While it is unlikely that NFTs will develop into an effective fundraising tool for ISIS in the near future, TRM is continuing to monitor the group and its supporters’ further experimentation with this technology throughout 2023.
6. Growing Interest in Cryptocurrency by Terrorist Groups in South and Central Asia
In December 2022, TRM identified the use of cryptocurrency to raise funds by al-Azaim Foundation for Media (AFM), the official media unit of ISIS’s affiliate in Afghanistan, known as the Islamic State in Khurasan (ISKP or ISIS-K). While the volume identified remains low, the discovery of the addresses provides further evidence that ISIS and its supporters in South and Central Asia are increasingly turning to virtual assets to move and raise funds. According to the US Department of Treasury, ISIS has increasingly used virtual assets service providers to finance its subordinates in central and south Asia. Overall, cryptocurrency appears to be a very small but growing source of funding for ISKP. TRM Labs previously identified pro-ISIS Tajik and Pakistani groups using cryptocurrency to spread propaganda and recruit fighters.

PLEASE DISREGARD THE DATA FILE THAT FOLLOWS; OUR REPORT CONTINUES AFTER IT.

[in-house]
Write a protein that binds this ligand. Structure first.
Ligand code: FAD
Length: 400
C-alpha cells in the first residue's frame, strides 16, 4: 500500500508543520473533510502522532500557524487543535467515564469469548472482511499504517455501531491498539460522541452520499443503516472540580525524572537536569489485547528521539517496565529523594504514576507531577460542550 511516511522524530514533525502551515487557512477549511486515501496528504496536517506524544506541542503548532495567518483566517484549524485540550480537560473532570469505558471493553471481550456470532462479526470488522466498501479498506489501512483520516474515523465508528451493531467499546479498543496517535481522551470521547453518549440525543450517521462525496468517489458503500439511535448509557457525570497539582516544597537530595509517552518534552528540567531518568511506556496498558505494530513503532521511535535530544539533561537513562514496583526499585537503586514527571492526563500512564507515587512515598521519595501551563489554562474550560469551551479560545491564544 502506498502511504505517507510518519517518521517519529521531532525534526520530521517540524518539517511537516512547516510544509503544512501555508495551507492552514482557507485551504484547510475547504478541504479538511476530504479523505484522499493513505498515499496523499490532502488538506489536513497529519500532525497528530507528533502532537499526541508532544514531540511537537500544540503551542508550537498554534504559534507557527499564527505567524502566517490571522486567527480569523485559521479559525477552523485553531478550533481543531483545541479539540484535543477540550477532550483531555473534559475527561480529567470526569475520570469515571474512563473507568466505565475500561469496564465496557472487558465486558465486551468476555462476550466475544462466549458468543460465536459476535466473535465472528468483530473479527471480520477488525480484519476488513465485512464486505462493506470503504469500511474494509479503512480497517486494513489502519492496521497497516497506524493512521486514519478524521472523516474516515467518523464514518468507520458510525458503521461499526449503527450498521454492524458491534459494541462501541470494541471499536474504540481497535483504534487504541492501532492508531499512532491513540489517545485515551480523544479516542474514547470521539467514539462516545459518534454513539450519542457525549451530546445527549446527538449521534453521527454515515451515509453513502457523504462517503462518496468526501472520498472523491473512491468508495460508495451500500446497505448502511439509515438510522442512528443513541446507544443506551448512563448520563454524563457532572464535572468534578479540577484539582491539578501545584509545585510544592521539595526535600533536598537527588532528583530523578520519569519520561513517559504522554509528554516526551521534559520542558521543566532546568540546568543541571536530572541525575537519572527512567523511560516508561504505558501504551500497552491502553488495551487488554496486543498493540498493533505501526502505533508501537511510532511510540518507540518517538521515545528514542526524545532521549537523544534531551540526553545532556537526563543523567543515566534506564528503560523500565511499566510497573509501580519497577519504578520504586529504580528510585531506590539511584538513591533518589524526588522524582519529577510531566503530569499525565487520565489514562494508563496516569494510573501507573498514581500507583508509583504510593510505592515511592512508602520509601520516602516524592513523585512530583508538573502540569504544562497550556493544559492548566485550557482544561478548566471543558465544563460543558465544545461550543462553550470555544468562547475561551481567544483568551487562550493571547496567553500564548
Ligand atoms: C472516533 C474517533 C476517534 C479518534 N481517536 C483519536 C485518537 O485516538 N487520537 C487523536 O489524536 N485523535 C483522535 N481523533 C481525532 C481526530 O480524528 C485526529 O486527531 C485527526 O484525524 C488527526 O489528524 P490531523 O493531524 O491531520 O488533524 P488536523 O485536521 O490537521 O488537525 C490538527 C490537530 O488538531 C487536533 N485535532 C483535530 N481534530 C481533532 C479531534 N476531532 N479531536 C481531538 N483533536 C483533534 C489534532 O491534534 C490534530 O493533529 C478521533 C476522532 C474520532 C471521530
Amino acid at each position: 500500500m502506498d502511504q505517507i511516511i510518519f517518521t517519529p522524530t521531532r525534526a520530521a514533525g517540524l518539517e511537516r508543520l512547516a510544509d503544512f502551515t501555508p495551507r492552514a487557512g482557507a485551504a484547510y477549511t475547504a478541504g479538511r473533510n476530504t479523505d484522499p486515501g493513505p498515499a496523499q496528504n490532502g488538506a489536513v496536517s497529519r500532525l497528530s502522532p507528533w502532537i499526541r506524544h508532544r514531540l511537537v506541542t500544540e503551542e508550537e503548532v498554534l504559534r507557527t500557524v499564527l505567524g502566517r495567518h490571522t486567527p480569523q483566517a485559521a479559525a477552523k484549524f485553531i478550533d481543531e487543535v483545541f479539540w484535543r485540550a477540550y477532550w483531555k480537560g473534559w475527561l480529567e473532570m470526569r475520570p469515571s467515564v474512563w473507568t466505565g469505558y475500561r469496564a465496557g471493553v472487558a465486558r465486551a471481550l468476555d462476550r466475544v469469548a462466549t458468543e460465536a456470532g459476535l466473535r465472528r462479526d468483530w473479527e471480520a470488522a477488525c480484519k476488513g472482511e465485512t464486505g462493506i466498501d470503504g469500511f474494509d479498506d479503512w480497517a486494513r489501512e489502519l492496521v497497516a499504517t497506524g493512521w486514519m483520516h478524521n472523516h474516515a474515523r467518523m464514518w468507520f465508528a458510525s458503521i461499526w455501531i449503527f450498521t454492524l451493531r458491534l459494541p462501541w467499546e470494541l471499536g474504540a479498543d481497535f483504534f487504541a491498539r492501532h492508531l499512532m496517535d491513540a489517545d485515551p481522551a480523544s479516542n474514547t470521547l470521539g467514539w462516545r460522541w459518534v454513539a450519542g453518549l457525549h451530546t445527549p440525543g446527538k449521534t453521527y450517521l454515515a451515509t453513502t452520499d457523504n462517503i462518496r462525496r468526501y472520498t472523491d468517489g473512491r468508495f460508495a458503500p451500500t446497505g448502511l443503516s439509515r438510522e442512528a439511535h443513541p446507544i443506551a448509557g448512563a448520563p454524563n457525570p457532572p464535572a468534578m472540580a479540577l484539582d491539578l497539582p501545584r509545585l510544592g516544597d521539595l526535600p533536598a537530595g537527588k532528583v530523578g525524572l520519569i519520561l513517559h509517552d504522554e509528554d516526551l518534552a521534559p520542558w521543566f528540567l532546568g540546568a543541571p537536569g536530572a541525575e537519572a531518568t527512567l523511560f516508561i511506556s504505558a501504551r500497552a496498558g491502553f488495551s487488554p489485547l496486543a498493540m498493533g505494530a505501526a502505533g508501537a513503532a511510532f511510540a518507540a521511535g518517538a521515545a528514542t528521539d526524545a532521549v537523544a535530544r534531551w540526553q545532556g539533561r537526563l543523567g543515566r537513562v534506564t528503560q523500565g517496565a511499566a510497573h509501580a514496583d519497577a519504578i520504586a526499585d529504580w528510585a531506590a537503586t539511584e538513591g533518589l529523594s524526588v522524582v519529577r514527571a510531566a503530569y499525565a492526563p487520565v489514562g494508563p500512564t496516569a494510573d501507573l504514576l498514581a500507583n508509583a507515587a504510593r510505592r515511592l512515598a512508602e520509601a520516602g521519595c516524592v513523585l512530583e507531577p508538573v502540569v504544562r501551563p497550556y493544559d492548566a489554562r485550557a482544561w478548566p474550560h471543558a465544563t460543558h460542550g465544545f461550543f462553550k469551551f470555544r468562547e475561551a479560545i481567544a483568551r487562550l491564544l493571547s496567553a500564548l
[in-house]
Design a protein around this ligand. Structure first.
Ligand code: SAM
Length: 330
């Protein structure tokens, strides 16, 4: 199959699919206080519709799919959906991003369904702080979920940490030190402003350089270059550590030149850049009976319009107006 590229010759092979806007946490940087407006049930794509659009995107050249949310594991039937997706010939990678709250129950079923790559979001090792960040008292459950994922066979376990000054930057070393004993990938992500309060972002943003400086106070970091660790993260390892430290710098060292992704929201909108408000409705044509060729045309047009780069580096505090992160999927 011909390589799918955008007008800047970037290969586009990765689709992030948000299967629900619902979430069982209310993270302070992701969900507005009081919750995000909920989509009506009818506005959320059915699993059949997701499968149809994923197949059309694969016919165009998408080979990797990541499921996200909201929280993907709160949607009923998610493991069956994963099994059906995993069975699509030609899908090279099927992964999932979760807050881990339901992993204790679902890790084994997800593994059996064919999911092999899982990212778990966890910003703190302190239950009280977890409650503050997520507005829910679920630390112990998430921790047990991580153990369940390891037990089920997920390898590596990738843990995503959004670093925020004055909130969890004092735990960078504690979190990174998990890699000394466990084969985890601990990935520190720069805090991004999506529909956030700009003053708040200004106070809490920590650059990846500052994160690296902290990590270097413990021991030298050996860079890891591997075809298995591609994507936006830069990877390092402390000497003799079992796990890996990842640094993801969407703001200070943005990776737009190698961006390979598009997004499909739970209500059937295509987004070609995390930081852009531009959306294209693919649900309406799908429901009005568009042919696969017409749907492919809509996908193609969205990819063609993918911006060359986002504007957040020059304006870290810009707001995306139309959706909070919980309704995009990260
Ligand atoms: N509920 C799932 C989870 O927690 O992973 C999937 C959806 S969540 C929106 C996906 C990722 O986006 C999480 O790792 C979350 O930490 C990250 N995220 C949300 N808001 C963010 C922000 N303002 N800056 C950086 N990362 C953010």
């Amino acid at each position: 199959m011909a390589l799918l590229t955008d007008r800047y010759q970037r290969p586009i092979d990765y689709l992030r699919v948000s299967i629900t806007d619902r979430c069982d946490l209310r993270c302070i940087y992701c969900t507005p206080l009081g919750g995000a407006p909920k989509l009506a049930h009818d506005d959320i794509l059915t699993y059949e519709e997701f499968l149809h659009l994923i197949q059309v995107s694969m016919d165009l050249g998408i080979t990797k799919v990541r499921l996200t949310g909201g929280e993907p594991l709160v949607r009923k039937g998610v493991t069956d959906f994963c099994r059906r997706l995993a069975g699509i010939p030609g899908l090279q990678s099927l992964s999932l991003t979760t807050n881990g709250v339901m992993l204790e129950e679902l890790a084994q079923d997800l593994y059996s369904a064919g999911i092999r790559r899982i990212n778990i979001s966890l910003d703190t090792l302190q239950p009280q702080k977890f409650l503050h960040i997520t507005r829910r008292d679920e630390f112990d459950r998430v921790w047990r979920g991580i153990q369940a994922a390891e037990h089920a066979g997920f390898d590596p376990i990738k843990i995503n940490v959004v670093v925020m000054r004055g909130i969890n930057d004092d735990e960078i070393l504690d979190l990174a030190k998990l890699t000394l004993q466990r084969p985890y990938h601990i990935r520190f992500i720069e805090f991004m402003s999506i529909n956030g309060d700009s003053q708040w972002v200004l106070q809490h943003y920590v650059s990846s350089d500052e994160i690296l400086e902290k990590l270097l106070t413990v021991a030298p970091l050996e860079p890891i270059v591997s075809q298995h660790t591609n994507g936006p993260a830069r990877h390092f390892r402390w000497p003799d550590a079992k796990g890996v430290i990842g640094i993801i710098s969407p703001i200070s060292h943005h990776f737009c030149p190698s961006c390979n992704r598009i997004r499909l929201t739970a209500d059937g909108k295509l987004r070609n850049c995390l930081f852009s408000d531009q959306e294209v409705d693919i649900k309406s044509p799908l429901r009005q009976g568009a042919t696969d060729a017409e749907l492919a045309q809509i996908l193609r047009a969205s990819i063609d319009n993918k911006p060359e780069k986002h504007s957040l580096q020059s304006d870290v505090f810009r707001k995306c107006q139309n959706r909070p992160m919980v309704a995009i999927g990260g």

Notably, an address associated with AFM was found to have links to pro-ISIS fundraising campaigns and a cryptocurrency exchange in Syria that TRM Labs previously identified as facilitating many of those campaigns. In November 2021, the US Treasury designated an individual for facilitating international financial transactions on behalf of ISKP using a Turkey-based Hawala business.
Since late 2021 ISIS Core, located in Syria and Iraq, may have transferred tens of thousands of dollars to its Afghanistan-based affiliates, according to the US Treasury. The on-chain links identified by TRM Labs between AFM and pro-ISIS cryptocurrency activity in Syria suggest that, while hawala likely remains the preferred method of moving money across borders, the use of cryptocurrency for that purpose is being increasingly explored.